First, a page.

TINLEY PARK, IL. (ECWd) –
At the 4/19/16 Village of Tinley Park Board Meeting, Thomas Melody of Klein Thorpe Jenkins was removed as the Village Attorney and replaced by Patrick Connelly, of the firm Peterson Johnson Murray. This followed Item #26 on the agenda and a vote by the Board of Trustees to make the firm Peterson Johnson Murray the Village’s new “corporate counsel” and “corporate counsel for labor.”
Thomas Melody and Klein Thorpe Jenkins had previously served as the Village’s corporate counsel and counsel for labor, and as general counsel as the Village Attorney. Those duties for Melody and KTJ ended as of 4/19/16.
Melody was named as a defendant in a lawsuit filed back on 3/22/16 by citizens of Tinley Park; the lawsuit alleges that Melody intentionally tampered with Tinley Park’s Legacy Code zoning ordinance in a way that improperly removed language from the zoning code that was detrimental to an out of state developer named Buckeye Community Hope Foundation.
Buckeye sued the Village of Tinley Park on 4/19/16, alleging that the Village has improperly blocked its low income housing project and casting aspersions on residents of Tinley Park who have opposed the development project (which did not meet zoning code requirements for commercial development until the zoning code was tampered with to remove the commercial requirements in August and September 2015). A judge in chancery court is being asked to void all improper and illegal changes made to the zoning code last year. Cook County Sheriff Tom Dart is currently investigating the actions of Village Planning Department employees and the former Village attorney that resulted in changes made to the zoning code that immediately benefitted Buckeye specifically.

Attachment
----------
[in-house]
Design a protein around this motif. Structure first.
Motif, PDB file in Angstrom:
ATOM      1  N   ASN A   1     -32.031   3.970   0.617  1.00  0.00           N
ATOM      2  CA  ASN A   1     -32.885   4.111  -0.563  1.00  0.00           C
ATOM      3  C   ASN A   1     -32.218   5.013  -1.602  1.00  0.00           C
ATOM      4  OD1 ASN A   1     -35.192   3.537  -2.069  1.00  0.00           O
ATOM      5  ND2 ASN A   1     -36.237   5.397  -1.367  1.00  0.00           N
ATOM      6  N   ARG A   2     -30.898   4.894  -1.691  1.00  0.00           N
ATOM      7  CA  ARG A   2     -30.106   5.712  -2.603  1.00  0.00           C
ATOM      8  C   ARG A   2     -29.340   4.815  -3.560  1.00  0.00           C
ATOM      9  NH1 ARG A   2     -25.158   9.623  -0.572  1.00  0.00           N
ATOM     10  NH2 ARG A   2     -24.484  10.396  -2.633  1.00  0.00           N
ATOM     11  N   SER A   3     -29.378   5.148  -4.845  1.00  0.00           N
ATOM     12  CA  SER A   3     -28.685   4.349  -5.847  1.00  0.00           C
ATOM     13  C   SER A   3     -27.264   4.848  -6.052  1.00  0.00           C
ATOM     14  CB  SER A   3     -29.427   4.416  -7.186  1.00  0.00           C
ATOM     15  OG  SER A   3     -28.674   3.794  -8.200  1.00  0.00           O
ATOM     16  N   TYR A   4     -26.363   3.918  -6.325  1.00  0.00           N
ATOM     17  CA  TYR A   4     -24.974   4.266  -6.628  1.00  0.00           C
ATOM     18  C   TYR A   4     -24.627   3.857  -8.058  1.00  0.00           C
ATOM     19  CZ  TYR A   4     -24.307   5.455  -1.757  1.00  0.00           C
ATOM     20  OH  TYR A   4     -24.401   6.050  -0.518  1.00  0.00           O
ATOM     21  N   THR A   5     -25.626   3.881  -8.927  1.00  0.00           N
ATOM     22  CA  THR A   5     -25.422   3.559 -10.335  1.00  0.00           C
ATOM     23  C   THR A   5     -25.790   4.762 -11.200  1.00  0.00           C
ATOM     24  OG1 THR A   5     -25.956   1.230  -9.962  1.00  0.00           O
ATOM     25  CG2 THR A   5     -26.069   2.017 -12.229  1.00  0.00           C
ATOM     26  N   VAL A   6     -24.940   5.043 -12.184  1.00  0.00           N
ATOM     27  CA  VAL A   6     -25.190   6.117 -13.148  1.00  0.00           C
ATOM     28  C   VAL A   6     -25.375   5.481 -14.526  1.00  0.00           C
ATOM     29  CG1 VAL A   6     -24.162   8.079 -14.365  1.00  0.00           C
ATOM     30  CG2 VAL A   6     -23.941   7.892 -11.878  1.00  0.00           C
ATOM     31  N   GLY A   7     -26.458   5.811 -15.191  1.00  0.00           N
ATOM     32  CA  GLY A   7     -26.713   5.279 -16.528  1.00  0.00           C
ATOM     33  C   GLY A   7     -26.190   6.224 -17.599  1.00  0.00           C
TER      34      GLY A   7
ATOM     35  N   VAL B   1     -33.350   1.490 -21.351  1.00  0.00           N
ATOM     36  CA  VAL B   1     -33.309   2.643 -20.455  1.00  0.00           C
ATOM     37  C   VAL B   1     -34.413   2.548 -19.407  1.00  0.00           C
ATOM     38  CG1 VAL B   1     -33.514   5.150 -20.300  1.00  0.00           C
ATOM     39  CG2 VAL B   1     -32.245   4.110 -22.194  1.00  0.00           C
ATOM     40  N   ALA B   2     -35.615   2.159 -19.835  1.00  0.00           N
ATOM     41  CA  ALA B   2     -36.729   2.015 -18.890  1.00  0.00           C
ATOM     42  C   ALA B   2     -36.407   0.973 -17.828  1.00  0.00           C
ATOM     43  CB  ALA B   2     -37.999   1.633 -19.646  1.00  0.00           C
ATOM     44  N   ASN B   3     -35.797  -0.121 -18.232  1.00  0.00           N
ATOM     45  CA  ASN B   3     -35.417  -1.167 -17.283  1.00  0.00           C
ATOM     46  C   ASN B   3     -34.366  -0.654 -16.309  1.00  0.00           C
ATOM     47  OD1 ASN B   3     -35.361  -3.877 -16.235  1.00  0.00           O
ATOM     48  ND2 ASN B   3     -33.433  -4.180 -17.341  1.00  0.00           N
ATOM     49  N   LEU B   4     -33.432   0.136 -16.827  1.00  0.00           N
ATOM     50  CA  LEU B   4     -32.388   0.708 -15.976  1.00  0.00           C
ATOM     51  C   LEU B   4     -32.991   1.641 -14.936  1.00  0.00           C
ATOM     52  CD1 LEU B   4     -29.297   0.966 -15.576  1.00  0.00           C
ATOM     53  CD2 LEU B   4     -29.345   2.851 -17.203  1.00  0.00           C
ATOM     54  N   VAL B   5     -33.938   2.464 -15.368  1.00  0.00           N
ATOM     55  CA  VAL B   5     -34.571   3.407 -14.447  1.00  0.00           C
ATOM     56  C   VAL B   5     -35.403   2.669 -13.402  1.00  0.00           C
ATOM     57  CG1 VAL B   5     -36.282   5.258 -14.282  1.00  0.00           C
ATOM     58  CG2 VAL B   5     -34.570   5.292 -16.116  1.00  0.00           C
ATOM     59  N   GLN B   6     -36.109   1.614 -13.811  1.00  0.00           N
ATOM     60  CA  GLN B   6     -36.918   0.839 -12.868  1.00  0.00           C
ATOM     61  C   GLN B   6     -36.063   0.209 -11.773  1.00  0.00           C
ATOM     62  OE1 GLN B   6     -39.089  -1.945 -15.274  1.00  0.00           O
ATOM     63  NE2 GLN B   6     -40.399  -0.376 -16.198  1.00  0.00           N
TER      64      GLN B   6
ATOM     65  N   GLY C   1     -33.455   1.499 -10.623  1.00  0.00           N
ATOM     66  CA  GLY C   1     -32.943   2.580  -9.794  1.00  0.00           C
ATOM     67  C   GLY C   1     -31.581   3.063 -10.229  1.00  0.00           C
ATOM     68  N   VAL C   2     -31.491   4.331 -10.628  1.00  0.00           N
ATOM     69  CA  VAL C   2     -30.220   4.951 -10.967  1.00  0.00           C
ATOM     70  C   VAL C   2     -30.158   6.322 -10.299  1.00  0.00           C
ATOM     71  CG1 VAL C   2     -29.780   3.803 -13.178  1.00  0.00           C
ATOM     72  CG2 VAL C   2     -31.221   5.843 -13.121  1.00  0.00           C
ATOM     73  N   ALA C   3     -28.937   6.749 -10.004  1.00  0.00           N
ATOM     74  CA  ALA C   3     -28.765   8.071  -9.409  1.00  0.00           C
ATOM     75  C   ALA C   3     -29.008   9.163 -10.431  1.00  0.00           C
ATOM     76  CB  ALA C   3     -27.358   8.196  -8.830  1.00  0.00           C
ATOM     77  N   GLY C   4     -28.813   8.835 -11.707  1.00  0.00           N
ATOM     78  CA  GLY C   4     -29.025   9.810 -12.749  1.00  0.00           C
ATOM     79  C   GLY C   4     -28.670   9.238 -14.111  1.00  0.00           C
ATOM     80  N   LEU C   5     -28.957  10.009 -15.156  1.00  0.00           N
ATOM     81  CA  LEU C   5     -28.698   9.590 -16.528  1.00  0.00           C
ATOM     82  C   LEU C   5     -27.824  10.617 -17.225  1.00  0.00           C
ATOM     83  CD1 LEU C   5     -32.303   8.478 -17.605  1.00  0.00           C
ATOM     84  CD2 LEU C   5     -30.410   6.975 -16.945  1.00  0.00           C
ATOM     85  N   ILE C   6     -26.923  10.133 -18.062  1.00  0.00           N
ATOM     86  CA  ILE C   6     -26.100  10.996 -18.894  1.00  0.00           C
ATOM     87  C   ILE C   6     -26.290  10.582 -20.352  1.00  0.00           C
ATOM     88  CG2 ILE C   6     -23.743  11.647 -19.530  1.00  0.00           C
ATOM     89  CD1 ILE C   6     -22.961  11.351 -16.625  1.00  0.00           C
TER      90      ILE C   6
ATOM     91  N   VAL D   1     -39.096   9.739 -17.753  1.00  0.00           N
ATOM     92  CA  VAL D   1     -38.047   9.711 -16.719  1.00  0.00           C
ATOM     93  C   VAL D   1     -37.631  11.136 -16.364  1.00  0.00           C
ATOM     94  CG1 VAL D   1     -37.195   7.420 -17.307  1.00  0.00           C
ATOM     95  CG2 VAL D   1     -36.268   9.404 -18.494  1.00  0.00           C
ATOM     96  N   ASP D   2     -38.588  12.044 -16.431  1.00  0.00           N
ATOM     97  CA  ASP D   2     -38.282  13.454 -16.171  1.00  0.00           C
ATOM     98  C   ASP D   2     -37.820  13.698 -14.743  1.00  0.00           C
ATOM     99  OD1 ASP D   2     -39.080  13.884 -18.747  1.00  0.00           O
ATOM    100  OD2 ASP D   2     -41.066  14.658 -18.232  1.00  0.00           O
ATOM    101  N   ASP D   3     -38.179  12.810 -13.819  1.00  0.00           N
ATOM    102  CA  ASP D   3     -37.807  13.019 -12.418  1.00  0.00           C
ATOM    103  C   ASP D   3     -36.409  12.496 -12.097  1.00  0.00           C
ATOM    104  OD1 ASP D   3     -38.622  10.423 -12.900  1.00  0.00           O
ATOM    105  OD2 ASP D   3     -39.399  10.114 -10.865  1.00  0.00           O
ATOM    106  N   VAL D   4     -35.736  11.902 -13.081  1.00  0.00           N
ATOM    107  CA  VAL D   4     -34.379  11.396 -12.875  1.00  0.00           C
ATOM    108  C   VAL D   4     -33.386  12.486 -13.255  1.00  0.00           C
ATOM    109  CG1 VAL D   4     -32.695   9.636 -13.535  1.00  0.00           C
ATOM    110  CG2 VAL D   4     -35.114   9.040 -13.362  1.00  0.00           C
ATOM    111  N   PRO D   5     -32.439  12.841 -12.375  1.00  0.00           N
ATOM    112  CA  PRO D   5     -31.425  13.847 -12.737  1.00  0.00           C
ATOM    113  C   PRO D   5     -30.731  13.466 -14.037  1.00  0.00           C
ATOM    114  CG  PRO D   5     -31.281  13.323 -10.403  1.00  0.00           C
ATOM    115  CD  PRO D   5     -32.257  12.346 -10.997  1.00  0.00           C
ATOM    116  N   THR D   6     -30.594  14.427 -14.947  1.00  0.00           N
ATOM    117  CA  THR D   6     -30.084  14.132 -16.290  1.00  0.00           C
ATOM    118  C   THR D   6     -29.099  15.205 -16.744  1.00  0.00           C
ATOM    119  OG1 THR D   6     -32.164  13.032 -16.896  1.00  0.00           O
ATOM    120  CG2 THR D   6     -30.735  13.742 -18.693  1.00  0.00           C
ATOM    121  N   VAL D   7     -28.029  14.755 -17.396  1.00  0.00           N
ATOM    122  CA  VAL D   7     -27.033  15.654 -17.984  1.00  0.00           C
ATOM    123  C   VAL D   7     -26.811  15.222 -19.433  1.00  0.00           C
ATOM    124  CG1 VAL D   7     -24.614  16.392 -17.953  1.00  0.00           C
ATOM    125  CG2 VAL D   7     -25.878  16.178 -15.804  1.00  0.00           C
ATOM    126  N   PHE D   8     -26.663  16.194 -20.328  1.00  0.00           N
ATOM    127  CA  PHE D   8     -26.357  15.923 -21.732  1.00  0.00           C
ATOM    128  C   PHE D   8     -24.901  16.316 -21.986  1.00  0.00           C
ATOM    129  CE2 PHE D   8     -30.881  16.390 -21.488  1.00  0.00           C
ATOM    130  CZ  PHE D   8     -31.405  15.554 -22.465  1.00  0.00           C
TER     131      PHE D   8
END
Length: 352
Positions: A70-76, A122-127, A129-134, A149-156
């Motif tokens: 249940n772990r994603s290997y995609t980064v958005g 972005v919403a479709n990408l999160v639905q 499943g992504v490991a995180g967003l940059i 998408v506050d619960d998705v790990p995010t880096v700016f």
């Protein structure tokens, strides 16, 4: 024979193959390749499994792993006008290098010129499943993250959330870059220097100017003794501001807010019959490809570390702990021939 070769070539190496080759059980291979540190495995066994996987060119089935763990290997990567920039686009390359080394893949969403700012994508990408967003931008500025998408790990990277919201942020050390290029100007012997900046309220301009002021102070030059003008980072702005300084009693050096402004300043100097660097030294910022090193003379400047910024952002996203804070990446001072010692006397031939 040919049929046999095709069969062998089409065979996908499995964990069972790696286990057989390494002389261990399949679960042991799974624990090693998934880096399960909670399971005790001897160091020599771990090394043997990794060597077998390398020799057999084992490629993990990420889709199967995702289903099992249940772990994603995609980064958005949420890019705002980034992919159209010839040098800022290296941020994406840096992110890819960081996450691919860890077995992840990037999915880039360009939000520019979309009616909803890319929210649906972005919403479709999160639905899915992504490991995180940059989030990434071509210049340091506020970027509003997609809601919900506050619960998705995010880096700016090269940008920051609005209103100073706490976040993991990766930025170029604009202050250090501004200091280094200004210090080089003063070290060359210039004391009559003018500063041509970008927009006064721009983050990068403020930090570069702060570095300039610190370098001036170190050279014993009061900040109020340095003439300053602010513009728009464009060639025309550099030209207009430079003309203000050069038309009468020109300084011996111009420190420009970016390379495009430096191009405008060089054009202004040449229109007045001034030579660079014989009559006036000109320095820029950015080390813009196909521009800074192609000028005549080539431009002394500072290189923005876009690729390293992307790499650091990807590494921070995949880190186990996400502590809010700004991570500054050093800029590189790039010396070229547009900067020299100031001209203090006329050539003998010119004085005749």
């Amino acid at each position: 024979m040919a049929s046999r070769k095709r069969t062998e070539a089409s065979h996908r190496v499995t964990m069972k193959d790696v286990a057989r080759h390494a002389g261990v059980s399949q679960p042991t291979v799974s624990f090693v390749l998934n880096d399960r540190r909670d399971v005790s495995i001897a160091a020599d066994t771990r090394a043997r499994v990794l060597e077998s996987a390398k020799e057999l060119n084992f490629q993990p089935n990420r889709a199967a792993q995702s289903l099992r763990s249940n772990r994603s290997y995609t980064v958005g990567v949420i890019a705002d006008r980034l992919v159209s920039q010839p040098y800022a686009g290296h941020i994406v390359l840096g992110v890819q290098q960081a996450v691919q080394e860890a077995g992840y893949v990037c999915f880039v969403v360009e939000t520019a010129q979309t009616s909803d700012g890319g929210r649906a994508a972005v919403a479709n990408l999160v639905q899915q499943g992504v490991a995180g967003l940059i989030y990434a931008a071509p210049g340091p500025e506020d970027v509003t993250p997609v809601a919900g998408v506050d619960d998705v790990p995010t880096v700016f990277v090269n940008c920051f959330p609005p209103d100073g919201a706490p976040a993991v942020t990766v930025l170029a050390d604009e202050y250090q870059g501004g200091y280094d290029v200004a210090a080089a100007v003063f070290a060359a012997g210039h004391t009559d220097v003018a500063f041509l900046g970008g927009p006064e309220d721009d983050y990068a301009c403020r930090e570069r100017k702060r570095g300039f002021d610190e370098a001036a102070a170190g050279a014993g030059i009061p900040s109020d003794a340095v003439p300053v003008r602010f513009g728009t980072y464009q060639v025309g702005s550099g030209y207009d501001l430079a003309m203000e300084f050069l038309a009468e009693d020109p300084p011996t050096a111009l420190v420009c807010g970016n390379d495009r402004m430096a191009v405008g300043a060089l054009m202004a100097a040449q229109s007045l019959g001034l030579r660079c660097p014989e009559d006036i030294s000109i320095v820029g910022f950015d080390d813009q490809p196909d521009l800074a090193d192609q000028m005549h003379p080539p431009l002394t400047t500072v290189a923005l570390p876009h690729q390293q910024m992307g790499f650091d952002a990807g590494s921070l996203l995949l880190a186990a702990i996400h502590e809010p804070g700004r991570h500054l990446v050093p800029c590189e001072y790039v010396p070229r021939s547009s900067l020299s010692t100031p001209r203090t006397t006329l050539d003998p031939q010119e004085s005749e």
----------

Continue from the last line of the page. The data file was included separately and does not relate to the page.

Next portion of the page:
Buckeye’s lawsuit against the Village has elements of a SLAPP (strategic litigation against public participation) to it, in that the lawsuit specifically cites community opposition to the project. Developers have long filed SLAPPs against communities that resist their development projects, particularly those involving shady or fishy behind the scenes actions that didn’t sit well with the communities being strong-armed by the developers. As early as 2/2/16, high ranking Buckeye executive David Petroni had threatened a lawsuit against the Village if the Board did not buckle and do whatever Buckeye wanted…regardless of the bizarre circumstances in which the Legacy Code zoning ordinance had been tampered with to remove the specific obstacle to Buckeye’s development plans and intended tax credit scheme.
Thomas Melody had continued to attend Village Board meetings and advise the Village despite being named as a defendant in litigation stemming from his actions regarding the zoning code change. This seemed like a conflict of interest to many. Melody also has been responding to Attorney General’s office inquiries into violations of the Open Meetings Act that have consistently occurred at Village meetings since February, despite Melody also being present for all of the alleged OMA violations (and doing nothing to stop them as they happened).
Buckeye’s lawsuit seems doomed if indeed, as expected, the judge in chancery court voids the zoning code changes and restores the Village’s Legacy Code to the way it looked prior to the alleged tampered by Melody and Planning Department employees. If the code is indeed restored to once again have a street level commercial requirement for any development on Tinley Park’s Oak Park Avenue, then Buckeye’s lawsuit can’t possibly succeed, as its propose housing project would clearly not meet the actual zoning code.
It is important to note that part of Buckeye’s strategy seems to be to consistently paint all opposition to its project as racist and ignore the allegedly illegal and improper tampering with the zoning code that Buckeye relied upon to push forward this project. Conveniently this developer seems to play the race card as a distraction from the actions alleged to have been taken by Village employees to intentionally benefit Buckeye (which, if true, would be highly improper and illegal, as the citizens of Tinley Park lawsuit contends).
This case is an interesting one to follow as it promises more twists and turns.
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